Importance, when applied to people, is relative. I learned this lesson suddenly as a member of The Citadel Regimental Band and Pipes. We had a performance in downtown Charleston for then incumbent President, George H. W. Bush. Because we were performing with the President in the audience, we went through the standard Secret Service security checks to include going into the room where we’d perform, putting our instruments together, checking them, and then leaving the room so they could be checked out. There was a lot of importance placed on the fact that the President would be there, and most folks would agree with that.
The event went off without a hitch. It was as the event ended that I learned the lesson that a person’s importance is relative. Major Day, USMC, Retired, had been up in a position of authority within the Marine Corps bands up in Washington, D.C., when he was still on active duty. Apparently at some point Major Day’s path had crossed with Mr. Bush’s. There was a spark of remembrance and quite suddenly the President was beside Major Day, shaking his hand and speaking a few words to him. Needless to say, the Secret Service folks were scrambling and converging on our band. We had a great laugh afterwards as a band, because Major Day realized the ruckus President Bush had caused. However, going over to see Major Day was important to President Bush, the most powerful man in the Western world at that time.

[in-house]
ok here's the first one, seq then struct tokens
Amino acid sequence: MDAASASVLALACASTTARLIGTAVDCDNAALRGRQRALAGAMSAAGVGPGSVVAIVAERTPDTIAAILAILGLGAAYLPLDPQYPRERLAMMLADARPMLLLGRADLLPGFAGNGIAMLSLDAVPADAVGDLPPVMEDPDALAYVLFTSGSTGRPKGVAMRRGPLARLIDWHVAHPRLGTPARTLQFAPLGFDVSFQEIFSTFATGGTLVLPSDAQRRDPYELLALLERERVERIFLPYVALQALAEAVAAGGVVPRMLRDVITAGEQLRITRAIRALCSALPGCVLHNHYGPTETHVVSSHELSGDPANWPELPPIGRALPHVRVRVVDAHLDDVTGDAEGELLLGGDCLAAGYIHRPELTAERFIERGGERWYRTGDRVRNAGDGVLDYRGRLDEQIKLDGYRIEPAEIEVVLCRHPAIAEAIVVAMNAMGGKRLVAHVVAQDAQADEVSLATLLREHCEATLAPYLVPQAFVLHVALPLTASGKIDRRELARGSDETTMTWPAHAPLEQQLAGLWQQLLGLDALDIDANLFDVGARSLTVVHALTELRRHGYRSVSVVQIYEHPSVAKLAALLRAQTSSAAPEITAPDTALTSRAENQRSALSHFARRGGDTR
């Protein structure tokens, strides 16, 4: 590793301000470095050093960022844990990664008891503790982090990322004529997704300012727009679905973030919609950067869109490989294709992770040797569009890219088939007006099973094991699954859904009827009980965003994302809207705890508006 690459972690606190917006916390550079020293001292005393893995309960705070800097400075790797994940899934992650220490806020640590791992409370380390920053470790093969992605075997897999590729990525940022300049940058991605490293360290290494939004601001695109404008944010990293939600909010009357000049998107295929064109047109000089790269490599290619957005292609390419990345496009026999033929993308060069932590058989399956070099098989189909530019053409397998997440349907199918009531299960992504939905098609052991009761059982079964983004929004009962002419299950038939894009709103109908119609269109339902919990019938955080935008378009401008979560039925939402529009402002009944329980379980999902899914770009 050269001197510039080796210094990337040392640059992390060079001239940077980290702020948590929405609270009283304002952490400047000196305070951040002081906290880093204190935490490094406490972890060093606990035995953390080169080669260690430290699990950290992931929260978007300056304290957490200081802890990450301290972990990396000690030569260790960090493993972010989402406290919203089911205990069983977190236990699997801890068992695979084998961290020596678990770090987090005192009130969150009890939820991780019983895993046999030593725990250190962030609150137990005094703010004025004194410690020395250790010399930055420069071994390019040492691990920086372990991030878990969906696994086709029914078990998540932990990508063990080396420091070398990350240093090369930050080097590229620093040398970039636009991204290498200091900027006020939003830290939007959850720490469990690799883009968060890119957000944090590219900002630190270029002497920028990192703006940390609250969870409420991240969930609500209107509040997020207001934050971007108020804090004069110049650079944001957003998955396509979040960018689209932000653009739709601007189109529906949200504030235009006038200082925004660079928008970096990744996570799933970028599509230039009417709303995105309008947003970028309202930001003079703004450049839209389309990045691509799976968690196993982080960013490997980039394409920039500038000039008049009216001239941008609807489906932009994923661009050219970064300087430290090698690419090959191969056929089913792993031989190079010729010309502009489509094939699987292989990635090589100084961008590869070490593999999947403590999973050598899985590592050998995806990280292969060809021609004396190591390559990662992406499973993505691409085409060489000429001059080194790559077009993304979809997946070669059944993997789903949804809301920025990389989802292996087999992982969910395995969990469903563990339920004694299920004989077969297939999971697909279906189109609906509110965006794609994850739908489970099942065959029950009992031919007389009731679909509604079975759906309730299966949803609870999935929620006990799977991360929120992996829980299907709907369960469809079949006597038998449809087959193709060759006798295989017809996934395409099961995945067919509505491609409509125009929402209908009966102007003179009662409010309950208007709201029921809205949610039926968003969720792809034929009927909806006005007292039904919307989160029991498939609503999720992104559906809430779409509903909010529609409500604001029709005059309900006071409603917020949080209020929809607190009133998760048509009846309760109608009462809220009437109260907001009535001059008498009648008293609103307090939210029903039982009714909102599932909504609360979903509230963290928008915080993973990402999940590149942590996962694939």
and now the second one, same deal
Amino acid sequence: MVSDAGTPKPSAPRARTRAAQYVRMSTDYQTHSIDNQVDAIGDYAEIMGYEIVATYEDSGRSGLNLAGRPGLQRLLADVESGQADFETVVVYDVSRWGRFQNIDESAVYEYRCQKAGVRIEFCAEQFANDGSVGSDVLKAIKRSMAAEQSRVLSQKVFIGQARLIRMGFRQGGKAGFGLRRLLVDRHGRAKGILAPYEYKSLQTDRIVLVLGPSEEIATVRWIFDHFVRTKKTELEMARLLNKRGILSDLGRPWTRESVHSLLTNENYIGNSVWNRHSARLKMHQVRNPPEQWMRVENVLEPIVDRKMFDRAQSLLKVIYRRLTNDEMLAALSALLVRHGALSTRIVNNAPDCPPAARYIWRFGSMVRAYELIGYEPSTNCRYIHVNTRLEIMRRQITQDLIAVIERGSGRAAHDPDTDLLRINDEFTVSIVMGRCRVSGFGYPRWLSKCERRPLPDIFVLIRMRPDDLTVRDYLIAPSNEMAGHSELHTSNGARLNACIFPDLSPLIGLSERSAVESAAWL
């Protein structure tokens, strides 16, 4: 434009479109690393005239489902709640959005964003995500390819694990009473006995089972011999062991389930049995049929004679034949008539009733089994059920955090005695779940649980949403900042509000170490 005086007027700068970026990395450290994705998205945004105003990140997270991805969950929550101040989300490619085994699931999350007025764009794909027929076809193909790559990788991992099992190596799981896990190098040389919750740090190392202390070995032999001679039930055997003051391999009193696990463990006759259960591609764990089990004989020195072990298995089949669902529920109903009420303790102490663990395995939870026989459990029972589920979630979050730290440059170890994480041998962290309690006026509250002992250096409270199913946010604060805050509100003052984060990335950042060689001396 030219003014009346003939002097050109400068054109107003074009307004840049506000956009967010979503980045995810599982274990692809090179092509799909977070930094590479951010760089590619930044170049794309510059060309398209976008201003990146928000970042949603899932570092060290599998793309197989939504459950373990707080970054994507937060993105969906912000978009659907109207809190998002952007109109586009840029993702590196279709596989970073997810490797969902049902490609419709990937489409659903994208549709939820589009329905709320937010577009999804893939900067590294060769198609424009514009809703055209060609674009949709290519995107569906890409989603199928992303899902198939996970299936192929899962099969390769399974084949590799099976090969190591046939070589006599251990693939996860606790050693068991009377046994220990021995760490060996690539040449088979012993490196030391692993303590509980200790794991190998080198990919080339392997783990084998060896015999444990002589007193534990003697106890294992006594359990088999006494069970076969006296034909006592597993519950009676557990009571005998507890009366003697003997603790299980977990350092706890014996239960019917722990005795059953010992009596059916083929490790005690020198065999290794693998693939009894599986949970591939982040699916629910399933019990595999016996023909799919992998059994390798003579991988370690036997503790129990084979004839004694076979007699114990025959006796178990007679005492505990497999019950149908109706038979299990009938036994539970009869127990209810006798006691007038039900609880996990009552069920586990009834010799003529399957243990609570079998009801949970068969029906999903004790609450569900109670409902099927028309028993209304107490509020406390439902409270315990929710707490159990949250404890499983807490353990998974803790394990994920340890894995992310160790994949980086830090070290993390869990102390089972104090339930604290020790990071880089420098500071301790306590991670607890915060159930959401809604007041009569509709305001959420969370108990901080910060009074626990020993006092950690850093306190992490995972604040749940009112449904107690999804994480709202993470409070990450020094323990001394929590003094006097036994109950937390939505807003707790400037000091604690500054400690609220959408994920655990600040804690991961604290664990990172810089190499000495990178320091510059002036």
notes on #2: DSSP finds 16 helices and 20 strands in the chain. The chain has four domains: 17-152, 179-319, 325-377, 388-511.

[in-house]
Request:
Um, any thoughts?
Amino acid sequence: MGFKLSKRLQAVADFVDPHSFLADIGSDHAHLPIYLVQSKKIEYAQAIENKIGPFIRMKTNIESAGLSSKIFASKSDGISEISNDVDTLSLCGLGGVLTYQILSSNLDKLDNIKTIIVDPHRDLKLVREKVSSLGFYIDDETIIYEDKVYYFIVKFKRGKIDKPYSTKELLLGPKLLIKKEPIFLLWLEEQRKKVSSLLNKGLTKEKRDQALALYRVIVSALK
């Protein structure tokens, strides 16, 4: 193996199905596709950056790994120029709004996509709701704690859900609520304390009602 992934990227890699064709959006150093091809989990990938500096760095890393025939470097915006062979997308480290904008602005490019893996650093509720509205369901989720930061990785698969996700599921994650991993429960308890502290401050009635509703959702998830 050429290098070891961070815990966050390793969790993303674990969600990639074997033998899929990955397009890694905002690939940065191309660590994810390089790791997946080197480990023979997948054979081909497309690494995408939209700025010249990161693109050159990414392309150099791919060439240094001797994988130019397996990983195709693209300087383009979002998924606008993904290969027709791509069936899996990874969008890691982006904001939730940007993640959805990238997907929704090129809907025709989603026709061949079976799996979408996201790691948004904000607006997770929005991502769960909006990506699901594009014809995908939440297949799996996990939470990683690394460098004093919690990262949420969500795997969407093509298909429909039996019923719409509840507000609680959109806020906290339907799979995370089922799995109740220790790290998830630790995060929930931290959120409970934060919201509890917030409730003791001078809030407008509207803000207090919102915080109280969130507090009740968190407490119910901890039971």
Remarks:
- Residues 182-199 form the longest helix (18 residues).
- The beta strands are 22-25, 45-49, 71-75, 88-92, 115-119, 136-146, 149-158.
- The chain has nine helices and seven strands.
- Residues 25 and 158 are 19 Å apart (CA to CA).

To most folks, Major Day appeared as a confident and excellent band director, retired Marine, and leader for the Citadel’s cadet band. Likely most folks wouldn’t have put him the category of folks where an incumbent President would take the time to personally come over and speak to for a few moments. I know we didn’t. Sure, the Major was important to us, but to the President? That wasn’t something we would have ever considered. And that taught me in a very visible way that a person’s importance is relative.
So when I say “important people,” I mean the people important to you. A post from Shaun Boyd entitled Sometimes You Expect Great Men to Live Forever over at LifeReboot.com reminded me this morning that it is critical that we spend the time with the ones who are important to us. There will always be plenty of excuses. There will always be plenty of reasons we’re too busy. We’ve got to cut through all that. After all, we can never know ahead of time when someone who is important to us will be gone. I think about some of the folks who have been important to me who were gone too soon and I am spurred to find ways to spend more time with the folks who are important to me. Folks like:
- Major Day
- Uncle Stanley
- Uncle Jim
If you’re a teenager or an adult, I’m sure you have a similar list. In Major Day’s case, I only saw him a few times after I left The Citadel. I definitely regret that I didn’t take the opportunity to see him more. He made a huge difference in my life. I can’t do-over the past like some video game, so it’s vital that I not repeat the same mistake with those who are important to me that are still here. Take the time for the important people in your life. It should be one of the highest priorities of our lives but we too often don’t give it the proper position. Don’t keep repeating that mistake.